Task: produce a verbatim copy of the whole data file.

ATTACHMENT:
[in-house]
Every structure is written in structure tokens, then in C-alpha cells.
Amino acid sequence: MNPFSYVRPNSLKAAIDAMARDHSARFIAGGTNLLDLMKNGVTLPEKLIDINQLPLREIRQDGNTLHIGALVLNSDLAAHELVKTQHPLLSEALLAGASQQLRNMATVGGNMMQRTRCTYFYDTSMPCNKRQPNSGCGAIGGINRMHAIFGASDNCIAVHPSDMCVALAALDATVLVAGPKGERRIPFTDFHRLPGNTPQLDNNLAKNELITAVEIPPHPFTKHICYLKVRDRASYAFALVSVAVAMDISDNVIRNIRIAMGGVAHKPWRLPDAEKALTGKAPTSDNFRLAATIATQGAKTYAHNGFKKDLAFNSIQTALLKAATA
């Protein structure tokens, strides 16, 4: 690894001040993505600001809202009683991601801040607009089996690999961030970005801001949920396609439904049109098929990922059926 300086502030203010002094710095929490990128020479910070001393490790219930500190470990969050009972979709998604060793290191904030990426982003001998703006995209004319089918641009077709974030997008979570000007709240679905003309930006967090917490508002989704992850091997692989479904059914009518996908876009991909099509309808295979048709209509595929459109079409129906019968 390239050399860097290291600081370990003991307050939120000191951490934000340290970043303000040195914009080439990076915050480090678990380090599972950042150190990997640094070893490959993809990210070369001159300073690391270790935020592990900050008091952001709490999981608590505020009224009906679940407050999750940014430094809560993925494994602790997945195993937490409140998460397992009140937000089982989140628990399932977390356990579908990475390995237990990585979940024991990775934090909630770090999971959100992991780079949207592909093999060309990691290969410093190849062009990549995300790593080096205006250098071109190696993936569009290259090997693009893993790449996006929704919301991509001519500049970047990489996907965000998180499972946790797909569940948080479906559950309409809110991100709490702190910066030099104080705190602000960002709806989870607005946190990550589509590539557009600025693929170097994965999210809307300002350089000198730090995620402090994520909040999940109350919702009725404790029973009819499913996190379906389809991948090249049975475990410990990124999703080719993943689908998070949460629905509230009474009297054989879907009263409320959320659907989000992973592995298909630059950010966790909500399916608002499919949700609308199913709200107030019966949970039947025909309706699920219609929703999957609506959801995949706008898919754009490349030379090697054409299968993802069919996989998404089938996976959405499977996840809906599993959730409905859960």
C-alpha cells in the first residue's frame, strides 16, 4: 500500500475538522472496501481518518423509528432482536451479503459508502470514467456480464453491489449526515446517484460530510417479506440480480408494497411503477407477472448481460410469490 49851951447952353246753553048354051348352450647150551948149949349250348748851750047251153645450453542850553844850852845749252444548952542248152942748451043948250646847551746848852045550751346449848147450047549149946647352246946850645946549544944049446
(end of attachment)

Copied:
[in-house]
Every structure is written in structure tokens, then in C-alpha cells.
Amino acid sequence: MNPFSYVRPNSLKAAIDAMARDHSARFIAGGTNLLDLMKNGVTLPEKLIDINQLPLREIRQDGNTLHIGALVLNSDLAAHELVKTQHPLLSEALLAGASQQLRNMATVGGNMMQRTRCTYFYDTSMPCNKRQPNSGCGAIGGINRMHAIFGASDNCIAVHPSDMCVALAALDATVLVAGPKGERRIPFTDFHRLPGNTPQLDNNLAKNELITAVEIPPHPFTKHICYLKVRDRASYAFALVSVAVAMDISDNVIRNIRIAMGGVAHKPWRLPDAEKALTGKAPTSDNFRLAATIATQGAKTYAHNGFKKDLAFNSIQTALLKAATA
């Protein structure tokens, strides 16, 4: 690894001040993505600001809202009683991601801040607009089996690999961030970005801001949920396609439904049109098929990922059926 300086502030203010002094710095929490990128020479910070001393490790219930500190470990969050009972979709998604060793290191904030990426982003001998703006995209004319089918641009077709974030997008979570000007709240679905003309930006967090917490508002989704992850091997692989479904059914009518996908876009991909099509309808295979048709209509595929459109079409129906019968 390239050399860097290291600081370990003991307050939120000191951490934000340290970043303000040195914009080439990076915050480090678990380090599972950042150190990997640094070893490959993809990210070369001159300073690391270790935020592990900050008091952001709490999981608590505020009224009906679940407050999750940014430094809560993925494994602790997945195993937490409140998460397992009140937000089982989140628990399932977390356990579908990475390995237990990585979940024991990775934090909630770090999971959100992991780079949207592909093999060309990691290969410093190849062009990549995300790593080096205006250098071109190696993936569009290259090997693009893993790449996006929704919301991509001519500049970047990489996907965000998180499972946790797909569940948080479906559950309409809110991100709490702190910066030099104080705190602000960002709806989870607005946190990550589509590539557009600025693929170097994965999210809307300002350089000198730090995620402090994520909040999940109350919702009725404790029973009819499913996190379906389809991948090249049975475990410990990124999703080719993943689908998070949460629905509230009474009297054989879907009263409320959320659907989000992973592995298909630059950010966790909500399916608002499919949700609308199913709200107030019966949970039947025909309706699920219609929703999957609506959801995949706008898919754009490349030379090697054409299968993802069919996989998404089938996976959405499977996840809906599993959730409905859960």
C-alpha cells in the first residue's frame, strides 16, 4: 500500500475538522472496501481518518423509528432482536451479503459508502470514467456480464453491489449526515446517484460530510417479506440480480408494497411503477407477472448481460410469490 49851951447952353246753553048354051348352450647150551948149949349250348748851750047251153645450453542850553844850852845749252444548952542248152942748451043948250646847551746848852045550751346449848147450047549149946647352246946850645946549544944049446